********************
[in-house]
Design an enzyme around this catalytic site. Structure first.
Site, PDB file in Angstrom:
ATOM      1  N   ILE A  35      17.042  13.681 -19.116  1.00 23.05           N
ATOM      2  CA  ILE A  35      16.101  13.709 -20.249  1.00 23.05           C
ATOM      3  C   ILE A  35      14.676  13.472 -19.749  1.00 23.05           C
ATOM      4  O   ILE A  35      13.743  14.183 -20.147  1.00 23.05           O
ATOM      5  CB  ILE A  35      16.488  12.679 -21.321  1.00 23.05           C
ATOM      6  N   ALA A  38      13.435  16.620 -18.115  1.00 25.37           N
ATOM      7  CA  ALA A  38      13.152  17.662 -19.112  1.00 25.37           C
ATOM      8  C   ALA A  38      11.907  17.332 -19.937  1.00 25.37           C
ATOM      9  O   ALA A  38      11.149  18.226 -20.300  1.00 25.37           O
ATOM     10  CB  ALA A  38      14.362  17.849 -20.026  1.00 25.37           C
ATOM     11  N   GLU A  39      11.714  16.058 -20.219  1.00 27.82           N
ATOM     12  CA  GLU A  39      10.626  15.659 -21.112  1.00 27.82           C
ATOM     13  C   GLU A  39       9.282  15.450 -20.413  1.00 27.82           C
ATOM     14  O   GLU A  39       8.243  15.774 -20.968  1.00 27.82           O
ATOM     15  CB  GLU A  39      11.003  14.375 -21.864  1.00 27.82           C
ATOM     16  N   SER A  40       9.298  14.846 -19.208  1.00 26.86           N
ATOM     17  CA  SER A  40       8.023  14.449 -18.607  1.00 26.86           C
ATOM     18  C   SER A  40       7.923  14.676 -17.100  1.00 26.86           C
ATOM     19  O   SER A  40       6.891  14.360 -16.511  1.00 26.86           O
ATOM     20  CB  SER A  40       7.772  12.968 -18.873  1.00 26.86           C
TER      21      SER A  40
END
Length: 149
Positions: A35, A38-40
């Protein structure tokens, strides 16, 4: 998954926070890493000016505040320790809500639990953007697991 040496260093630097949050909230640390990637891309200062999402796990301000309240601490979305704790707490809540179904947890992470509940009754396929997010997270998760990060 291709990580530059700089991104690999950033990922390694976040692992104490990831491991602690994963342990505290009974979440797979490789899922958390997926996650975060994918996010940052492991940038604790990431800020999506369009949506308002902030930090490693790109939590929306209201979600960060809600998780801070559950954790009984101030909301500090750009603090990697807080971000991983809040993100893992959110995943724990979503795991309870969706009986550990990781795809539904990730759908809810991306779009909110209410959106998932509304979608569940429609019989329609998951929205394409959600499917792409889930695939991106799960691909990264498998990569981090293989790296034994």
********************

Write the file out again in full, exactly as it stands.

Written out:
[in-house]
Design an enzyme around this catalytic site. Structure first.
Site, PDB file in Angstrom:
ATOM      1  N   ILE A  35      17.042  13.681 -19.116  1.00 23.05           N
ATOM      2  CA  ILE A  35      16.101  13.709 -20.249  1.00 23.05           C
ATOM      3  C   ILE A  35      14.676  13.472 -19.749  1.00 23.05           C
ATOM      4  O   ILE A  35      13.743  14.183 -20.147  1.00 23.05           O
ATOM      5  CB  ILE A  35      16.488  12.679 -21.321  1.00 23.05           C
ATOM      6  N   ALA A  38      13.435  16.620 -18.115  1.00 25.37           N
ATOM      7  CA  ALA A  38      13.152  17.662 -19.112  1.00 25.37           C
ATOM      8  C   ALA A  38      11.907  17.332 -19.937  1.00 25.37           C
ATOM      9  O   ALA A  38      11.149  18.226 -20.300  1.00 25.37           O
ATOM     10  CB  ALA A  38      14.362  17.849 -20.026  1.00 25.37           C
ATOM     11  N   GLU A  39      11.714  16.058 -20.219  1.00 27.82           N
ATOM     12  CA  GLU A  39      10.626  15.659 -21.112  1.00 27.82           C
ATOM     13  C   GLU A  39       9.282  15.450 -20.413  1.00 27.82           C
ATOM     14  O   GLU A  39       8.243  15.774 -20.968  1.00 27.82           O
ATOM     15  CB  GLU A  39      11.003  14.375 -21.864  1.00 27.82           C
ATOM     16  N   SER A  40       9.298  14.846 -19.208  1.00 26.86           N
ATOM     17  CA  SER A  40       8.023  14.449 -18.607  1.00 26.86           C
ATOM     18  C   SER A  40       7.923  14.676 -17.100  1.00 26.86           C
ATOM     19  O   SER A  40       6.891  14.360 -16.511  1.00 26.86           O
ATOM     20  CB  SER A  40       7.772  12.968 -18.873  1.00 26.86           C
TER      21      SER A  40
END
Length: 149
Positions: A35, A38-40
């Protein structure tokens, strides 16, 4: 998954926070890493000016505040320790809500639990953007697991 040496260093630097949050909230640390990637891309200062999402796990301000309240601490979305704790707490809540179904947890992470509940009754396929997010997270998760990060 291709990580530059700089991104690999950033990922390694976040692992104490990831491991602690994963342990505290009974979440797979490789899922958390997926996650975060994918996010940052492991940038604790990431800020999506369009949506308002902030930090490693790109939590929306209201979600960060809600998780801070559950954790009984101030909301500090750009603090990697807080971000991983809040993100893992959110995943724990979503795991309870969706009986550990990781795809539904990730759908809810991306779009909110209410959106998932509304979608569940429609019989329609998951929205394409959600499917792409889930695939991106799960691909990264498998990569981090293989790296034994």